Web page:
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Children Teach Children

reviewed by Mary Alice White - 1972

coverTitle: Children Teach Children
Author(s): Alan Gartner, Mary Kohler, Frank Riessman
Publisher: John Wiley, New York
ISBN: , Pages: , Year:
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The forward summarizes this book well: "This volume reports the experiences of cur­rent projects in which young people learn through teaching...." After a brief historical nod in the direction of Quintilian and Lan­caster, this volume describes the projects of the Lippitts in cross-age learning in Michigan and in Bethel, Maine; the Mobilization for Youth homework helper program; Thelen's "caring relationship" project with the University of Chicago's Laboratory School; the Youth Tutoring Youth program of the Neighborhood Youth Corps; the tutorial community developed by System Develop­ment Corporation in Los Angeles; the "each one teach one" program in an elementary school in Yonkers, N.Y.; and the "learning cell" design in use in certain undergraduate courses at McGill in which students learn through teaching each other.

Most readers of the Record are likely to accept the basic premise that "children and youth learn far more when performing the teaching role than when acting as students in the classroom," particularly if they have had any teaching experience (nothing is so salutory to learning as teaching). Where such readers may want more information is in the area of systematic assessment of the process, which this book does not offer.

What the reader will get are rich descrip­tions of these programs, and considerable re­porting of first-hand experiences in starting such programs. The intent of the book is to describe and to help implement similar pro­grams, and this it does in an interesting way, with attractive photographs of children teaching each other. This book should inter­est teachers and principals who would like to initiate programs of this kind.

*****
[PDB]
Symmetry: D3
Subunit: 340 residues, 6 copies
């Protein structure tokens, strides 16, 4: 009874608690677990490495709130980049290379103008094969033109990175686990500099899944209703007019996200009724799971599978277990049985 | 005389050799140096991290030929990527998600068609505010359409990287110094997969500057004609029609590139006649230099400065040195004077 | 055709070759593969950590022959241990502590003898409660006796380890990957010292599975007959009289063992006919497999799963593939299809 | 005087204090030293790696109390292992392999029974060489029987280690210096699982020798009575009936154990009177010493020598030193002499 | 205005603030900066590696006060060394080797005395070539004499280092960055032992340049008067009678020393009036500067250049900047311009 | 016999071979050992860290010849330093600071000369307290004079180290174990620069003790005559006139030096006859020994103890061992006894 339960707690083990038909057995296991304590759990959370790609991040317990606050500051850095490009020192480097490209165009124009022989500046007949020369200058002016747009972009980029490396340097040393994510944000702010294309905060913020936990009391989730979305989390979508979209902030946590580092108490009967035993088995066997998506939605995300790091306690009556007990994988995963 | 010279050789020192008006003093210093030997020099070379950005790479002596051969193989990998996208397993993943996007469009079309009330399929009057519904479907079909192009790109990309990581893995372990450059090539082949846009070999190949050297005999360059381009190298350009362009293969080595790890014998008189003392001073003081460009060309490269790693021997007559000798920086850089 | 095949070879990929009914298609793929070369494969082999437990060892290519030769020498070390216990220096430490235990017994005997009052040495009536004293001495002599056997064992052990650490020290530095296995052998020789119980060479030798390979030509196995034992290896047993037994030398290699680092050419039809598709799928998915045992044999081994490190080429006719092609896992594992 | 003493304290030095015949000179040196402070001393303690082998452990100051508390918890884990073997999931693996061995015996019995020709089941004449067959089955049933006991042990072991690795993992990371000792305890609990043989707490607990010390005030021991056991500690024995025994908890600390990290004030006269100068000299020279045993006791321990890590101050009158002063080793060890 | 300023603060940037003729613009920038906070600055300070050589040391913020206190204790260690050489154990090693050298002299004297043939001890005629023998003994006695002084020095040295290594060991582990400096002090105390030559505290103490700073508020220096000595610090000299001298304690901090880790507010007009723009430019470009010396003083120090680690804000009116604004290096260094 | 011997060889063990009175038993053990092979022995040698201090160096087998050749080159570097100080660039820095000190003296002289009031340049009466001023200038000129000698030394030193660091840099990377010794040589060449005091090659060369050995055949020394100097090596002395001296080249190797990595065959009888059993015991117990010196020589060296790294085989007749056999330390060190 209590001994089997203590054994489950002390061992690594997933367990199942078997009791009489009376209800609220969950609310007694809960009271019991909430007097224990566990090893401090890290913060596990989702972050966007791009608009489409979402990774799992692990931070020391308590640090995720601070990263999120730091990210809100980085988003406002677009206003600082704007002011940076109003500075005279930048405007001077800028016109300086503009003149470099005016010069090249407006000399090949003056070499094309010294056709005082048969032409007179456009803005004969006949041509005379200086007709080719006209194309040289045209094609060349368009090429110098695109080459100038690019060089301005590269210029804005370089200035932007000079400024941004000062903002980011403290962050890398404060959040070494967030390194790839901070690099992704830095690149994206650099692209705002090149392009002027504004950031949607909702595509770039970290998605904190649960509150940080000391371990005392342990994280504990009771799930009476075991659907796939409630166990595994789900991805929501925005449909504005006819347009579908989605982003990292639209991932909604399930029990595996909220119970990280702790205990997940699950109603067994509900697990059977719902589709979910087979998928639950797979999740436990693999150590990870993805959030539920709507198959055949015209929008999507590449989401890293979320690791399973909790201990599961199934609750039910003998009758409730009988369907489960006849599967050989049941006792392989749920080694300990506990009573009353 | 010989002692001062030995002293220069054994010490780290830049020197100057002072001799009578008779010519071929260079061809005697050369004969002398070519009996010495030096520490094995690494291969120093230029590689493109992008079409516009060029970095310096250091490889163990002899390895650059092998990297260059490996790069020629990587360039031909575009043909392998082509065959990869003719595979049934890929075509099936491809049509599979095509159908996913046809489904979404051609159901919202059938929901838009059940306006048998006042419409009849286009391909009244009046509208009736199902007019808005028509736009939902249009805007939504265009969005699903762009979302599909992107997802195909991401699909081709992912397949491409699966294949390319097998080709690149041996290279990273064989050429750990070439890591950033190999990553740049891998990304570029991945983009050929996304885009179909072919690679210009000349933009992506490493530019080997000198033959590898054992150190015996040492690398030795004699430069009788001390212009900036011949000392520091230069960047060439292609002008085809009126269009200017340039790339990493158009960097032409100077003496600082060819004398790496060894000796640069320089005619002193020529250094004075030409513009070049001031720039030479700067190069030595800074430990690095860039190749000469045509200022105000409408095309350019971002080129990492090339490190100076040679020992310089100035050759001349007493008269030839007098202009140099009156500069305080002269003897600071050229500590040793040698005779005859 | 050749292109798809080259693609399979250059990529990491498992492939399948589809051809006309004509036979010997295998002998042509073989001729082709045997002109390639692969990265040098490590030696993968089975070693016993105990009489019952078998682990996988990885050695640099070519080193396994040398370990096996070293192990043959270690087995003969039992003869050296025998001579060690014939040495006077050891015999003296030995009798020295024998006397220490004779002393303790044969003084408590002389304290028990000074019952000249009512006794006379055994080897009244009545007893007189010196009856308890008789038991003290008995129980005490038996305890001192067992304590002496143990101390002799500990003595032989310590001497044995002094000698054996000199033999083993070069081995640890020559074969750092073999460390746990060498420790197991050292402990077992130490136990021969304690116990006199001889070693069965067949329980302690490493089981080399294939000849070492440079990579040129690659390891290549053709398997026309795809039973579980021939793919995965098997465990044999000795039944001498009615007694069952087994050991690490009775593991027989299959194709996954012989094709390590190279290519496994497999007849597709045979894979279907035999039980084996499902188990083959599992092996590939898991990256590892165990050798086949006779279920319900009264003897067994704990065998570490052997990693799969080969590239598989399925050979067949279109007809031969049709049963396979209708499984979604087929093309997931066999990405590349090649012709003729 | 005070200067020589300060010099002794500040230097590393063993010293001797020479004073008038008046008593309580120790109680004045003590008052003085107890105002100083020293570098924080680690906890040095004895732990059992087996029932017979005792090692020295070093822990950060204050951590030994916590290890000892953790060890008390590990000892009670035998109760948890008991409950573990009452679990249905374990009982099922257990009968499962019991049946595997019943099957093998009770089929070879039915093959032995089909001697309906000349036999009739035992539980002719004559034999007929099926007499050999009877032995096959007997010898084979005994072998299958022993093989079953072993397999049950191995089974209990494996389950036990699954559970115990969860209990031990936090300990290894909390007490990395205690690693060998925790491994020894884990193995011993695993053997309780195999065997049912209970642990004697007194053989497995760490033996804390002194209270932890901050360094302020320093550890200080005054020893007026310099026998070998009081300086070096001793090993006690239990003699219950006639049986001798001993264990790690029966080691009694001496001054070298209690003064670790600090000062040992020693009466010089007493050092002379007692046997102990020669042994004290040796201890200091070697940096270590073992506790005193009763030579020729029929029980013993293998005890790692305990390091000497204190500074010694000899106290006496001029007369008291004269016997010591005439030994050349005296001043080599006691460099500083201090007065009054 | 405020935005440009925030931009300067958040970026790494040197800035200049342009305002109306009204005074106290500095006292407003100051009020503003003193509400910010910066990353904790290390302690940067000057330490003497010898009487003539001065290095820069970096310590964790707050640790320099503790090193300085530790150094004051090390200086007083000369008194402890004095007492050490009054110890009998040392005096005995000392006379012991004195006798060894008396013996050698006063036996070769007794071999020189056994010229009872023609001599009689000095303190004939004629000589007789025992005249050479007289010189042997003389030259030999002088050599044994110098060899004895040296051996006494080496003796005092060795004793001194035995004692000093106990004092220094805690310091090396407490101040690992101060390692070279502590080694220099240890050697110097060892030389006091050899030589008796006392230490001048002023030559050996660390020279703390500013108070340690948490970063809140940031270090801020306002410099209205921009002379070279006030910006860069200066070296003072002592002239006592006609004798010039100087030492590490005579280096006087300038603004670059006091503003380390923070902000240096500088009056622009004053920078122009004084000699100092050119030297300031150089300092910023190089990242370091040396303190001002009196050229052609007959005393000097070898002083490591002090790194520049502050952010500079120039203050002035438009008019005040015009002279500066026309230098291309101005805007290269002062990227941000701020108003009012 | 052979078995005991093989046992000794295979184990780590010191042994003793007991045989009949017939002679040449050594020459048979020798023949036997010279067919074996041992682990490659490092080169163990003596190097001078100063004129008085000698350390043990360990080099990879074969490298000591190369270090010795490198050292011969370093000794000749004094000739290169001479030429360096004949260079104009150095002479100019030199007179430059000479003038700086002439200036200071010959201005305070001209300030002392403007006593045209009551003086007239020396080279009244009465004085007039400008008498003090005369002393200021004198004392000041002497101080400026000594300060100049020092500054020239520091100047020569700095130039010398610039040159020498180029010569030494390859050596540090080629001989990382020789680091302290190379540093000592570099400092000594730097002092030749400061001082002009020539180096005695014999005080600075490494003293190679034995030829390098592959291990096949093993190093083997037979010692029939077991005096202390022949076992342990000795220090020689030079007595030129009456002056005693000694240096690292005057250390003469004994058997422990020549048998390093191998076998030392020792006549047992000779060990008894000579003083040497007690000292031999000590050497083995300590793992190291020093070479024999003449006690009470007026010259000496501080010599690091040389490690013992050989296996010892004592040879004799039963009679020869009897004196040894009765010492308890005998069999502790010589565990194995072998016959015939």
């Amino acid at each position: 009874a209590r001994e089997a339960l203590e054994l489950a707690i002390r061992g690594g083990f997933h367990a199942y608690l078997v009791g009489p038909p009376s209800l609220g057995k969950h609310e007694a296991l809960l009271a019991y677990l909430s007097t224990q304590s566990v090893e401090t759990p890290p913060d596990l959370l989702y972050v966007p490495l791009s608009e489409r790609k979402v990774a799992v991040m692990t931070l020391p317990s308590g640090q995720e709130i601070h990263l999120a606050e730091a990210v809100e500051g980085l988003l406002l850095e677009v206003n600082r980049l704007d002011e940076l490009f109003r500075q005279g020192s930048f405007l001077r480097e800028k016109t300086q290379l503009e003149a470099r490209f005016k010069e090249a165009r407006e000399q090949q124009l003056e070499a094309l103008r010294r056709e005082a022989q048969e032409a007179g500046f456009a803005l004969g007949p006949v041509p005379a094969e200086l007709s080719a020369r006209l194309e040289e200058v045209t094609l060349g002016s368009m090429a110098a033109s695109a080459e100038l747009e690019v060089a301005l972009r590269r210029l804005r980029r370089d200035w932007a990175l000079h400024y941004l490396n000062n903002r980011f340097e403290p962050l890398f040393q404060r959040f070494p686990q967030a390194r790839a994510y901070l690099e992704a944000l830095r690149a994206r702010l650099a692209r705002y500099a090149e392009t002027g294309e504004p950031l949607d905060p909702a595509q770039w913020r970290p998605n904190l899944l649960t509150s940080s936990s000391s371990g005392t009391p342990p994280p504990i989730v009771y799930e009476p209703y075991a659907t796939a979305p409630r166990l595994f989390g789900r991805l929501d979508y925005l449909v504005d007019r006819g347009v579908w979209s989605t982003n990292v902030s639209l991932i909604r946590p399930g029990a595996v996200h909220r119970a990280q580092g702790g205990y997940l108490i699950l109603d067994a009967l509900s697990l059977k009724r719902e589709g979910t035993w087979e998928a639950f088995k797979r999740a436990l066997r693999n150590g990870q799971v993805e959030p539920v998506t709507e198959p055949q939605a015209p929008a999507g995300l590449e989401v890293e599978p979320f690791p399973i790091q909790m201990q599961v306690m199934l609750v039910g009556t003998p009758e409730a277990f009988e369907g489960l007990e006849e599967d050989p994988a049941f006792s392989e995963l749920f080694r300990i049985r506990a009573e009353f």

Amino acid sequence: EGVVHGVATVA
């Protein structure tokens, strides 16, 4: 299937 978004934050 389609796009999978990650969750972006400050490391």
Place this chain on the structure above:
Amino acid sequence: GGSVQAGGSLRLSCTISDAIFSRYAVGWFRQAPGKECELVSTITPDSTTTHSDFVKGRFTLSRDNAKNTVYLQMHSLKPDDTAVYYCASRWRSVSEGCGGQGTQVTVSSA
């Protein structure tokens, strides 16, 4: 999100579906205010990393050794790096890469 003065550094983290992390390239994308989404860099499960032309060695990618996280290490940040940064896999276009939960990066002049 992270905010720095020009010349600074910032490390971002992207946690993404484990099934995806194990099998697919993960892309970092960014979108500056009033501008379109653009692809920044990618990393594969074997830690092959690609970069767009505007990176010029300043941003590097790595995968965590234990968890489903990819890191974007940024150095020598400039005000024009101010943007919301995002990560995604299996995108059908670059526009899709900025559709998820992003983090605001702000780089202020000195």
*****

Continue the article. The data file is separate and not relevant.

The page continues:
The weakness this reviewer finds is the lack of sturdy assessment of how this process improves learning. Yes, there are some data, but one wonders about test exposure in the data reported for the Mobililization For Youth program (pp. 23-24) where the tutors were given seven months of tutoring sessions, two weeks of training, and weekly in-service sessions with licensed teachers, as a result of which they gained 3.4 years of reading, com­pared with 1.7 years for the controls (not described). How the substance of these sessions may have contributed to improved test performance is a fairly central issue.

With this caveat (the kind one has to ex­pect from reviewers with a prejudice for data) let me emphasize my enthusiasm for the cen­tral purpose of this volume, which is summa­rized in a quotation from a gentleman named Fowle, written in 1866, which, to my mind, captures the radical contribution that chil­dren teaching children can make: "The art of teaching depends more upon adapting the ex­planation to the capacity of the learner than upon the amount of knowledge accumulated by the teacher. Is it unreasonable then to suppose that the explanations of children may sometimes be better suited to the under­standing of children than those of adults would be?"

Yes, read this introductory volume, and then let us investigate what happens educa­tionally when Children Teach Children.

Cite This Article as: Teachers College Record Volume 73 Number 4, 1972, p. 606-606
https://www.tcrecord.org ID Number: 1618, Date Accessed: 5/21/2022 8:22:20 AM

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